At recent rallies Donald Trump has announced, “We are going to start saying Merry Christmas again.” In Wisconsin, Trump spoke from behind a podium with the words “Merry Christmas USA” emblazoned on the front.
Meanwhile, the American Civil Liberties Union forced Knightstown, Ind., to remove a cross from the town Christmas tree. The Christmas culture wars are raging again.
The Constitution provides some guidance. The First Amendment guarantees your right to say “Merry Christmas,” “Happy Hannukah,” or “Bah humbug.” You can plant a cross, a menorah, or a Festivus pole in your yard. However, the First Amendment prevents the government from imposing religion upon us.
But what about Christmas trees? The Indiana town removed the cross but left the tree. Christmas trees seem sufficiently secular to pass constitutional muster.
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That tells us something about the meaning of “Merry Christmas.” The phrase can be a religious dog whistle. But it can also have a secular meaning.
Christians want to keep Christ in Christmas. For some, “Merry Christmas” is a proclamation affirming that Christ was born to save us from our sins. But most people are probably not thinking about theology when they offer a friendly “Merry Christmas.”
No yuletide greeting is entirely unproblematic. “Happy holidays” seems inclusive. But it leaves atheists out, since they don’t believe in “holy days.” “Season’s greetings” is more inclusive. But prickly pious types may take offense at such an insipid salutation.
Christ is certainly the root of “Christ-mas.” But what about the word “merry”? Even that word can be offensive since it contains a veiled hint about intoxication. The second-most-famous use of the word is in the phrase “eat, drink, and be merry,” where it points toward drunkenness.
Christmas parties are made merry with mulled wine and martinis. Some enjoy mimosas on Christmas morning. Christmas began as a drinking party. It developed from the Roman Saturnalia, a time of drunken merriment associated with the winter solstice.
Some Christians oppose gaiety. Christmas merriment was banned in England in the mid-17th century by Puritans under Oliver Cromwell. American Puritans such as Cotton Mather condemned the “mad mirth” of Christmas. For Puritans, salvation is serious business. Merriment in this world distracts us from the need to be saved from sin.
Can’t escape religious diversity
This brief history reminds us of religious diversity. Some view this world as a vale of tears. Others embrace the joys of life. We disagree about theology, the value of happiness and the meaning of life.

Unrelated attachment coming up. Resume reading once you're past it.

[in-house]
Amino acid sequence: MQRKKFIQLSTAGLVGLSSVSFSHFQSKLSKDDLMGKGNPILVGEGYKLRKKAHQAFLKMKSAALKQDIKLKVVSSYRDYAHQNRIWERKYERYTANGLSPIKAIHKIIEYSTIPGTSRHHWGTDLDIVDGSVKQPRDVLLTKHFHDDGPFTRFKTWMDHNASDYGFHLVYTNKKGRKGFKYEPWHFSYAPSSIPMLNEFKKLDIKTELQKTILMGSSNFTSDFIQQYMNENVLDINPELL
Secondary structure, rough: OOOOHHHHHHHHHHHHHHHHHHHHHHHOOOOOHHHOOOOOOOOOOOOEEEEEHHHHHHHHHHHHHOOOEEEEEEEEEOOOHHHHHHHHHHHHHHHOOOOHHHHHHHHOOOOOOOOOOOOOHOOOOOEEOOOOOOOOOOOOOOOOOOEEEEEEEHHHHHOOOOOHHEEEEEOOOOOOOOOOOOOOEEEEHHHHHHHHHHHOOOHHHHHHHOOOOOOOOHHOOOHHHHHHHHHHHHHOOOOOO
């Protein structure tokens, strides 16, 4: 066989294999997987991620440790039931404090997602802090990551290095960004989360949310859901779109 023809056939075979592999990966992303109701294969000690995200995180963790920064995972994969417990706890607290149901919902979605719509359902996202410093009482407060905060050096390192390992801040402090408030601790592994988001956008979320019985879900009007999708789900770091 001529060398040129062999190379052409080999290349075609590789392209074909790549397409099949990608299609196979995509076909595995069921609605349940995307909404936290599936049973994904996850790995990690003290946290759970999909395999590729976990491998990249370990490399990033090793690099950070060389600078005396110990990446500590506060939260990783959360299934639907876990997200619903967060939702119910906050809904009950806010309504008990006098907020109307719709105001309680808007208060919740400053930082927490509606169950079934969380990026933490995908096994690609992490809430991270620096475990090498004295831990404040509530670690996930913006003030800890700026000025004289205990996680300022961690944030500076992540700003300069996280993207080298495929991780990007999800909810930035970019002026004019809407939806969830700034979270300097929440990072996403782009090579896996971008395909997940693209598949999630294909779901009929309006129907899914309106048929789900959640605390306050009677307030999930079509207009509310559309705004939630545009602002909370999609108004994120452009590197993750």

And that is why we need the First Amendment to the Constitution to guarantee religious liberty and prevent government from imposing religion upon us.
Religious diversity is a fact. According to the Pew Center, only 63 percent of Californians are Christian. Twenty-seven percent are not religiously affiliated. The remaining 10 percent include Buddhists, Hindus, Jews, Muslims, Shamanists, Sikhs and others.
Some non-Christians enjoy a secular version of Christmas. The Pew Center reports that 81 percent of non-Christians celebrate Christmas. Santa Claus, Christmas trees, and eggnog do not require faith in birth of a savior in Bethlehem.
Significant diversity exists even among Christians. Catholics and Protestants celebrate Christmas on Dec. 25. Orthodox churches celebrate it in January. Other Christians – Adventists, for example – believe Christmas celebrations are unbiblical.
Many roots to Christmas traditions
Christmas is not in the Bible, after all. The disciples did not commemorate Jesus’ birthday. Mistletoe, elves and reindeer were adopted from pagan sources, as was Santa Claus.
Christmas is also a product of pop culture. It includes Charlie Brown, Rudolph and Bing Crosby. We might note that Bing’s famous song “White Christmas” was penned by Irving Berlin, a Jewish composer. Berlin also wrote “God Bless America,” by the way.
It is a unique American blessing that we are free to say “Merry Christmas.” But we should use our freedom wisely. Liberty without compassion quickly becomes obnoxious.
Let’s be charitable with regard to religious phrases and symbols. It is rude to force a holiday greeting down someone else’s throat.
“Merry Christmas” is not a threat or a command. It is a toast to be said with a smile, not a sneer. It is an offering of hospitality, not an expression of hostility. In these dark winter months, we need less-malevolent mulishness and more making merry.